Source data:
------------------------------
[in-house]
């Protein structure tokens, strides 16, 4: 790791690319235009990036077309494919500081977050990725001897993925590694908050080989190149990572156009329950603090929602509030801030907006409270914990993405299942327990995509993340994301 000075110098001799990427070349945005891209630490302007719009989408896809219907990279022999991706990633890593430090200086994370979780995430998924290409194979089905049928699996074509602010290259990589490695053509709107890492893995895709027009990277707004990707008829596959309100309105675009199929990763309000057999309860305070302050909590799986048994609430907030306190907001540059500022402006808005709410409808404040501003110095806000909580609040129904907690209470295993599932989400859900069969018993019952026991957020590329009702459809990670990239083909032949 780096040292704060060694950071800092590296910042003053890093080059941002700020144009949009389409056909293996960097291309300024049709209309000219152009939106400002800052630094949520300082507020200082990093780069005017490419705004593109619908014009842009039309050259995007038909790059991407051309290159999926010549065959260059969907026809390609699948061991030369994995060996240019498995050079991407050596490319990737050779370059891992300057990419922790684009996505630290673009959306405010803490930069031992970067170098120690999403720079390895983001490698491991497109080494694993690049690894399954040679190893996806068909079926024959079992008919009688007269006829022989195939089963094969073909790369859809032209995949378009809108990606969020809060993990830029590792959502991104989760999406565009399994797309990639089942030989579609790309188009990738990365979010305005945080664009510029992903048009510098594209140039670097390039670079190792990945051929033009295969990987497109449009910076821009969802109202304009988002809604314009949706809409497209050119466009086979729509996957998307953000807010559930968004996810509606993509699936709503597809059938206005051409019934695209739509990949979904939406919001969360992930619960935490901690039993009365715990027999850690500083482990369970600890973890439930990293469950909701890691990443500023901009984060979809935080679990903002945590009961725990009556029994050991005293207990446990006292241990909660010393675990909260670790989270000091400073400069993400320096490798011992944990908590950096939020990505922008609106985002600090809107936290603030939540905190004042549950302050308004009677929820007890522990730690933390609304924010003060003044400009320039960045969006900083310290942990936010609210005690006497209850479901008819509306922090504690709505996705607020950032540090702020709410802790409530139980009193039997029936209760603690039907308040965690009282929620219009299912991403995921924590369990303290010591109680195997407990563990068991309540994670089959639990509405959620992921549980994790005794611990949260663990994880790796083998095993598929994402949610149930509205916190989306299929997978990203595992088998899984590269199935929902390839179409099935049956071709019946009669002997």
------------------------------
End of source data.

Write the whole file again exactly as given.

[in-house]
């Protein structure tokens, strides 16, 4: 790791690319235009990036077309494919500081977050990725001897993925590694908050080989190149990572156009329950603090929602509030801030907006409270914990993405299942327990995509993340994301 000075110098001799990427070349945005891209630490302007719009989408896809219907990279022999991706990633890593430090200086994370979780995430998924290409194979089905049928699996074509602010290259990589490695053509709107890492893995895709027009990277707004990707008829596959309100309105675009199929990763309000057999309860305070302050909590799986048994609430907030306190907001540059500022402006808005709410409808404040501003110095806000909580609040129904907690209470295993599932989400859900069969018993019952026991957020590329009702459809990670990239083909032949 780096040292704060060694950071800092590296910042003053890093080059941002700020144009949009389409056909293996960097291309300024049709209309000219152009939106400002800052630094949520300082507020200082990093780069005017490419705004593109619908014009842009039309050259995007038909790059991407051309290159999926010549065959260059969907026809390609699948061991030369994995060996240019498995050079991407050596490319990737050779370059891992300057990419922790684009996505630290673009959306405010803490930069031992970067170098120690999403720079390895983001490698491991497109080494694993690049690894399954040679190893996806068909079926024959079992008919009688007269006829022989195939089963094969073909790369859809032209995949378009809108990606969020809060993990830029590792959502991104989760999406565009399994797309990639089942030989579609790309188009990738990365979010305005945080664009510029992903048009510098594209140039670097390039670079190792990945051929033009295969990987497109449009910076821009969802109202304009988002809604314009949706809409497209050119466009086979729509996957998307953000807010559930968004996810509606993509699936709503597809059938206005051409019934695209739509990949979904939406919001969360992930619960935490901690039993009365715990027999850690500083482990369970600890973890439930990293469950909701890691990443500023901009984060979809935080679990903002945590009961725990009556029994050991005293207990446990006292241990909660010393675990909260670790989270000091400073400069993400320096490798011992944990908590950096939020990505922008609106985002600090809107936290603030939540905190004042549950302050308004009677929820007890522990730690933390609304924010003060003044400009320039960045969006900083310290942990936010609210005690006497209850479901008819509306922090504690709505996705607020950032540090702020709410802790409530139980009193039997029936209760603690039907308040965690009282929620219009299912991403995921924590369990303290010591109680195997407990563990068991309540994670089959639990509405959620992921549980994790005794611990949260663990994880790796083998095993598929994402949610149930509205916190989306299929997978990203595992088998899984590269199935929902390839179409099935049956071709019946009669002997």